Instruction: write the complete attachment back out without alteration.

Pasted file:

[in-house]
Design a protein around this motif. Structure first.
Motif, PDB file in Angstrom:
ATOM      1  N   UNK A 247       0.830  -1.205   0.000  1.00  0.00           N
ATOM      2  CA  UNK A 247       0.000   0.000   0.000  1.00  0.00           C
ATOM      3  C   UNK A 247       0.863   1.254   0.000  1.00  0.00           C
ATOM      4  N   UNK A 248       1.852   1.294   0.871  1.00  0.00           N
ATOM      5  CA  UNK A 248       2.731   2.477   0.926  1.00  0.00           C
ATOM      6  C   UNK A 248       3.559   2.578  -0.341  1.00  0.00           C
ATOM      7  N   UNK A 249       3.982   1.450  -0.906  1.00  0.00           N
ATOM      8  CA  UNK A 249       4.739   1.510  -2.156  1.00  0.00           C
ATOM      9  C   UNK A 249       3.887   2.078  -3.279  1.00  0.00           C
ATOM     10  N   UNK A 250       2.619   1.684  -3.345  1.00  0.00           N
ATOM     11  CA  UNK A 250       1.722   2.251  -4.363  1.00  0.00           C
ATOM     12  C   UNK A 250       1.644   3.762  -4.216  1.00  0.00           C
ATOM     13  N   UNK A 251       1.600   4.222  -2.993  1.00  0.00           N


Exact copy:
[in-house]
Design a protein around this motif. Structure first.
Motif, PDB file in Angstrom:
ATOM      1  N   UNK A 247       0.830  -1.205   0.000  1.00  0.00           N
ATOM      2  CA  UNK A 247       0.000   0.000   0.000  1.00  0.00           C
ATOM      3  C   UNK A 247       0.863   1.254   0.000  1.00  0.00           C
ATOM      4  N   UNK A 248       1.852   1.294   0.871  1.00  0.00           N
ATOM      5  CA  UNK A 248       2.731   2.477   0.926  1.00  0.00           C
ATOM      6  C   UNK A 248       3.559   2.578  -0.341  1.00  0.00           C
ATOM      7  N   UNK A 249       3.982   1.450  -0.906  1.00  0.00           N
ATOM      8  CA  UNK A 249       4.739   1.510  -2.156  1.00  0.00           C
ATOM      9  C   UNK A 249       3.887   2.078  -3.279  1.00  0.00           C
ATOM     10  N   UNK A 250       2.619   1.684  -3.345  1.00  0.00           N
ATOM     11  CA  UNK A 250       1.722   2.251  -4.363  1.00  0.00           C
ATOM     12  C   UNK A 250       1.644   3.762  -4.216  1.00  0.00           C
ATOM     13  N   UNK A 251       1.600   4.222  -2.993  1.00  0.00           N